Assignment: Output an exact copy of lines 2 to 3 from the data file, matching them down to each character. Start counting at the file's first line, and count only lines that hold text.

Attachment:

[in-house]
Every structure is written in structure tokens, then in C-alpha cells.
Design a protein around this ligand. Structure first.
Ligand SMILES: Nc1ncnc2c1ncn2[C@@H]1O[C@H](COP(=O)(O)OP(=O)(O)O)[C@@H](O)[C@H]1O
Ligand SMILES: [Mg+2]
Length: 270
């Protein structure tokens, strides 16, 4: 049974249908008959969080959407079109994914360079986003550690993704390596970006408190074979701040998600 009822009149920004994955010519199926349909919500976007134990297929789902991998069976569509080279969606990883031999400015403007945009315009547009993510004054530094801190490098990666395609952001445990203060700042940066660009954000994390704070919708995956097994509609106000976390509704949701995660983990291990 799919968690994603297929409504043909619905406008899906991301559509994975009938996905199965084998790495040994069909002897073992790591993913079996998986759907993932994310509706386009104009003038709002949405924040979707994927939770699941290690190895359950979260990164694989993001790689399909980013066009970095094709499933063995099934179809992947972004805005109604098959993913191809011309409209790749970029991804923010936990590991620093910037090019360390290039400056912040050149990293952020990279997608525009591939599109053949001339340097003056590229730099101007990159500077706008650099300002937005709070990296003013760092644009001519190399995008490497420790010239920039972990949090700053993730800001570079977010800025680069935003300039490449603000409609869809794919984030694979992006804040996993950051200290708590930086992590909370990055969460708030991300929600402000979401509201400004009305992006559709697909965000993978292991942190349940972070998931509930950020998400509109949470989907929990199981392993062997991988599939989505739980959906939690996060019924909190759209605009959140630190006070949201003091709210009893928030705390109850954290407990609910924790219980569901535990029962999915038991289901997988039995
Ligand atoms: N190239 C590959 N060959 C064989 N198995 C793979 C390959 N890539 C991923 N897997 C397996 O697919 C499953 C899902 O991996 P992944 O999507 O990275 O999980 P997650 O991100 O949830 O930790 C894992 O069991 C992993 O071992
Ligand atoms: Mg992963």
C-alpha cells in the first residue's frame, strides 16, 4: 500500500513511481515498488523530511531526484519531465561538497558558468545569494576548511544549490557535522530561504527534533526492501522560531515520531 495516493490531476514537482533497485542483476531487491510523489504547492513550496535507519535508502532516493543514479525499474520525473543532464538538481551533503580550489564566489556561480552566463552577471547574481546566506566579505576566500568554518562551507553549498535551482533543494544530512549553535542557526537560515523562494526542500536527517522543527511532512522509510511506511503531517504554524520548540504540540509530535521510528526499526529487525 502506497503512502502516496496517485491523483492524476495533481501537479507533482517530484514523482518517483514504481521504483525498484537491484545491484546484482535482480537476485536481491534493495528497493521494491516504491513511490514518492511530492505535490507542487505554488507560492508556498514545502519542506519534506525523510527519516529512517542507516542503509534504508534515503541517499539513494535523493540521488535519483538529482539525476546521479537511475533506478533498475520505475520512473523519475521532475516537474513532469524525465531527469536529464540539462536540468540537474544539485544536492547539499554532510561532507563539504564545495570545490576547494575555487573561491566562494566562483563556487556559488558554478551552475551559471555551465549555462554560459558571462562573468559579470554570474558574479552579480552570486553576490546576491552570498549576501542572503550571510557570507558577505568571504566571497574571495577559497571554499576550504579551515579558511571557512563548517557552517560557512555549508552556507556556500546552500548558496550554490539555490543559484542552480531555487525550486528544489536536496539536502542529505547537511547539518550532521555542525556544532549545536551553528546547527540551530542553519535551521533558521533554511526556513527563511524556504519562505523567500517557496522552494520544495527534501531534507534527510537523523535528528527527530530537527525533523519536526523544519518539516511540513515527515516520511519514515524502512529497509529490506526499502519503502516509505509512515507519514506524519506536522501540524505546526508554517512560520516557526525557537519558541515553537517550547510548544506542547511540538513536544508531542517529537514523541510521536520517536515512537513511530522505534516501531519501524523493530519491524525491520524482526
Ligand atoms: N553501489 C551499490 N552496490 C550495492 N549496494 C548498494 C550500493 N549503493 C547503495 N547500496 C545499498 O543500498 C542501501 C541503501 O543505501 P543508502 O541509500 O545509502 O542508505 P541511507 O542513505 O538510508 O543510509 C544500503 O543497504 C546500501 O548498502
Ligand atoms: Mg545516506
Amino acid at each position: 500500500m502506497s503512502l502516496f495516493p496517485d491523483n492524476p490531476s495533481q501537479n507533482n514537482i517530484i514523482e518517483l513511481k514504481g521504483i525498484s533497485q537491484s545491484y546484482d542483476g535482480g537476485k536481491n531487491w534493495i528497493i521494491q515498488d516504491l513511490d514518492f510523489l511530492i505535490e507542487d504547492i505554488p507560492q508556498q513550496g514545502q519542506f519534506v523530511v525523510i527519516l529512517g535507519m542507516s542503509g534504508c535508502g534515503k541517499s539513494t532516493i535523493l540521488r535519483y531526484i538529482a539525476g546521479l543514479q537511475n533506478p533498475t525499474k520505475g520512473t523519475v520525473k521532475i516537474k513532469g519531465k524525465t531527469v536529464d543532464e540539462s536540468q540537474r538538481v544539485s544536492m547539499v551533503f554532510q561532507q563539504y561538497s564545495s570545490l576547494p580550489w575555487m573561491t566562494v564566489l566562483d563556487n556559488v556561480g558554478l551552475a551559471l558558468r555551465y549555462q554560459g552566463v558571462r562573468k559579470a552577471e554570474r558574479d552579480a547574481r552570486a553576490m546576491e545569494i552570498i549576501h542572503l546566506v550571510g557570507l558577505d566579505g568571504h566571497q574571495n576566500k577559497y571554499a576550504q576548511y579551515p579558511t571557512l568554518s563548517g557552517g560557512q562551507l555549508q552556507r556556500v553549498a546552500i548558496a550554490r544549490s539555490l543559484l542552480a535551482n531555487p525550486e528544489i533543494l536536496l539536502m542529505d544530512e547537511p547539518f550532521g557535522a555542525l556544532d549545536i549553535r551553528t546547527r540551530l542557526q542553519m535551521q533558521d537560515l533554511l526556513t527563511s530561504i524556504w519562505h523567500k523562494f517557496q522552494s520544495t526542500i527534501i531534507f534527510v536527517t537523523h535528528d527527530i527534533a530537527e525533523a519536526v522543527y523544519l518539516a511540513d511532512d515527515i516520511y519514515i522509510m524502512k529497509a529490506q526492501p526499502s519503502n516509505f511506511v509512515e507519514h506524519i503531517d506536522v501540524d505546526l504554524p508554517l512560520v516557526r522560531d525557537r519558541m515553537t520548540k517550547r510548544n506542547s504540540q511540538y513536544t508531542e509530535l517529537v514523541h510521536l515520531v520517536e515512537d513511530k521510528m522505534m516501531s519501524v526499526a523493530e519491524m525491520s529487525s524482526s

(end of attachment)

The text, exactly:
Every structure is written in structure tokens, then in C-alpha cells.
Design a protein around this ligand. Structure first.